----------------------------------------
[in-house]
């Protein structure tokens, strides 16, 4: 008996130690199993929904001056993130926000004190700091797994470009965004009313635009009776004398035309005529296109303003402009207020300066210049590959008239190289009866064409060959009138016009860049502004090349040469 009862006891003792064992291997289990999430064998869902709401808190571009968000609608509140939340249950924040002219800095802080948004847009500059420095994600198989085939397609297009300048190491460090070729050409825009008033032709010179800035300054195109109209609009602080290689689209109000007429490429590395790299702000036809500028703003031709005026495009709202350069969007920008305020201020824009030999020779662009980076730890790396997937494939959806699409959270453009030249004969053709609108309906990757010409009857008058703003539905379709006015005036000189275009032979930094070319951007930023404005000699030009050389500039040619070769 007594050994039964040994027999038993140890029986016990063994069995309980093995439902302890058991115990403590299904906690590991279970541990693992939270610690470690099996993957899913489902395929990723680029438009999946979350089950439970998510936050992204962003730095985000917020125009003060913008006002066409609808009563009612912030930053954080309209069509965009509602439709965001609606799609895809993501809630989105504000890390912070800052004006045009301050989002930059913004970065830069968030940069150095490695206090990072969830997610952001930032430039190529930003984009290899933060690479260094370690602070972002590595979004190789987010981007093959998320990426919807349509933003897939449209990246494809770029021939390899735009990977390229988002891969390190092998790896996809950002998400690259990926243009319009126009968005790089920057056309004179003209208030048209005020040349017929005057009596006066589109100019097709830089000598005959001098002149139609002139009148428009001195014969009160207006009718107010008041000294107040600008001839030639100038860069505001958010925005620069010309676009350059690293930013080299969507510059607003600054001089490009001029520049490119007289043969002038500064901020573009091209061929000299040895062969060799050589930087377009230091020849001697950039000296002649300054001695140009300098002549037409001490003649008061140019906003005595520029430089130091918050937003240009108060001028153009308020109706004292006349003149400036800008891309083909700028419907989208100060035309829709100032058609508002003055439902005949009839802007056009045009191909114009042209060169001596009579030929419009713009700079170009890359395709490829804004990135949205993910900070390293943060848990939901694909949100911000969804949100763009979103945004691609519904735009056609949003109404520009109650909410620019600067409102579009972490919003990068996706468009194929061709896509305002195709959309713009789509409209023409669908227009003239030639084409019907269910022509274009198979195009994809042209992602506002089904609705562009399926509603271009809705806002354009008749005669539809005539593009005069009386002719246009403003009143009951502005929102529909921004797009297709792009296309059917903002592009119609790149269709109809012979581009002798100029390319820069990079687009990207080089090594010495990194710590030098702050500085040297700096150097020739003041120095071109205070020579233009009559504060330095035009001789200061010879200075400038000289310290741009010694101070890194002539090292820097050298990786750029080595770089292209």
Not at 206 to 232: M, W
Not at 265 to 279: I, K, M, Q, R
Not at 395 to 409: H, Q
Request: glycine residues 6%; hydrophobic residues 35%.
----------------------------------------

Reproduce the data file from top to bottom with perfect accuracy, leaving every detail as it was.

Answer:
[in-house]
């Protein structure tokens, strides 16, 4: 008996130690199993929904001056993130926000004190700091797994470009965004009313635009009776004398035309005529296109303003402009207020300066210049590959008239190289009866064409060959009138016009860049502004090349040469 009862006891003792064992291997289990999430064998869902709401808190571009968000609608509140939340249950924040002219800095802080948004847009500059420095994600198989085939397609297009300048190491460090070729050409825009008033032709010179800035300054195109109209609009602080290689689209109000007429490429590395790299702000036809500028703003031709005026495009709202350069969007920008305020201020824009030999020779662009980076730890790396997937494939959806699409959270453009030249004969053709609108309906990757010409009857008058703003539905379709006015005036000189275009032979930094070319951007930023404005000699030009050389500039040619070769 007594050994039964040994027999038993140890029986016990063994069995309980093995439902302890058991115990403590299904906690590991279970541990693992939270610690470690099996993957899913489902395929990723680029438009999946979350089950439970998510936050992204962003730095985000917020125009003060913008006002066409609808009563009612912030930053954080309209069509965009509602439709965001609606799609895809993501809630989105504000890390912070800052004006045009301050989002930059913004970065830069968030940069150095490695206090990072969830997610952001930032430039190529930003984009290899933060690479260094370690602070972002590595979004190789987010981007093959998320990426919807349509933003897939449209990246494809770029021939390899735009990977390229988002891969390190092998790896996809950002998400690259990926243009319009126009968005790089920057056309004179003209208030048209005020040349017929005057009596006066589109100019097709830089000598005959001098002149139609002139009148428009001195014969009160207006009718107010008041000294107040600008001839030639100038860069505001958010925005620069010309676009350059690293930013080299969507510059607003600054001089490009001029520049490119007289043969002038500064901020573009091209061929000299040895062969060799050589930087377009230091020849001697950039000296002649300054001695140009300098002549037409001490003649008061140019906003005595520029430089130091918050937003240009108060001028153009308020109706004292006349003149400036800008891309083909700028419907989208100060035309829709100032058609508002003055439902005949009839802007056009045009191909114009042209060169001596009579030929419009713009700079170009890359395709490829804004990135949205993910900070390293943060848990939901694909949100911000969804949100763009979103945004691609519904735009056609949003109404520009109650909410620019600067409102579009972490919003990068996706468009194929061709896509305002195709959309713009789509409209023409669908227009003239030639084409019907269910022509274009198979195009994809042209992602506002089904609705562009399926509603271009809705806002354009008749005669539809005539593009005069009386002719246009403003009143009951502005929102529909921004797009297709792009296309059917903002592009119609790149269709109809012979581009002798100029390319820069990079687009990207080089090594010495990194710590030098702050500085040297700096150097020739003041120095071109205070020579233009009559504060330095035009001789200061010879200075400038000289310290741009010694101070890194002539090292820097050298990786750029080595770089292209």
Not at 206 to 232: M, W
Not at 265 to 279: I, K, M, Q, R
Not at 395 to 409: H, Q
Request: glycine residues 6%; hydrophobic residues 35%.